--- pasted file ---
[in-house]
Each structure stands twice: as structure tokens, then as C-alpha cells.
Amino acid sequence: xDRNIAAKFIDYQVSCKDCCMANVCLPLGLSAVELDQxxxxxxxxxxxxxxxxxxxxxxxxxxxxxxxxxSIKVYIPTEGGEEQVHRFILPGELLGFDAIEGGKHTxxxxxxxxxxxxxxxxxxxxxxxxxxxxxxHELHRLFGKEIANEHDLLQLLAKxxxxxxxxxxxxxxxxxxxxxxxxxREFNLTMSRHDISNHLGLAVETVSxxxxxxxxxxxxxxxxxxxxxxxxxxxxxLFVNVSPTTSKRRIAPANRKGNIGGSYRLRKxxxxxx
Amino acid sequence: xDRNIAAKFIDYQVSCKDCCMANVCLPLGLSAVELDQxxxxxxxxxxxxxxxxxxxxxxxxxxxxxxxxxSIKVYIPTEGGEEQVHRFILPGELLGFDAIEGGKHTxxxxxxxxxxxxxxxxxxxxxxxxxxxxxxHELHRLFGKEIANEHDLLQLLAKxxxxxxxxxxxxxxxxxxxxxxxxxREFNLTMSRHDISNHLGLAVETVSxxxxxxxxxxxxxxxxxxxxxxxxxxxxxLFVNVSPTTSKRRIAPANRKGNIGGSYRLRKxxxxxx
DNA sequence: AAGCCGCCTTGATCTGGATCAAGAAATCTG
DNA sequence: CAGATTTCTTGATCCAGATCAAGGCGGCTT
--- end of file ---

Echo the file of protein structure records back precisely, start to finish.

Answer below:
[in-house]
Each structure stands twice: as structure tokens, then as C-alpha cells.
Amino acid sequence: xDRNIAAKFIDYQVSCKDCCMANVCLPLGLSAVELDQxxxxxxxxxxxxxxxxxxxxxxxxxxxxxxxxxSIKVYIPTEGGEEQVHRFILPGELLGFDAIEGGKHTxxxxxxxxxxxxxxxxxxxxxxxxxxxxxxHELHRLFGKEIANEHDLLQLLAKxxxxxxxxxxxxxxxxxxxxxxxxxREFNLTMSRHDISNHLGLAVETVSxxxxxxxxxxxxxxxxxxxxxxxxxxxxxLFVNVSPTTSKRRIAPANRKGNIGGSYRLRKxxxxxx
Amino acid sequence: xDRNIAAKFIDYQVSCKDCCMANVCLPLGLSAVELDQxxxxxxxxxxxxxxxxxxxxxxxxxxxxxxxxxSIKVYIPTEGGEEQVHRFILPGELLGFDAIEGGKHTxxxxxxxxxxxxxxxxxxxxxxxxxxxxxxHELHRLFGKEIANEHDLLQLLAKxxxxxxxxxxxxxxxxxxxxxxxxxREFNLTMSRHDISNHLGLAVETVSxxxxxxxxxxxxxxxxxxxxxxxxxxxxxLFVNVSPTTSKRRIAPANRKGNIGGSYRLRKxxxxxx
DNA sequence: AAGCCGCCTTGATCTGGATCAAGAAATCTG
DNA sequence: CAGATTTCTTGATCCAGATCAAGGCGGCTT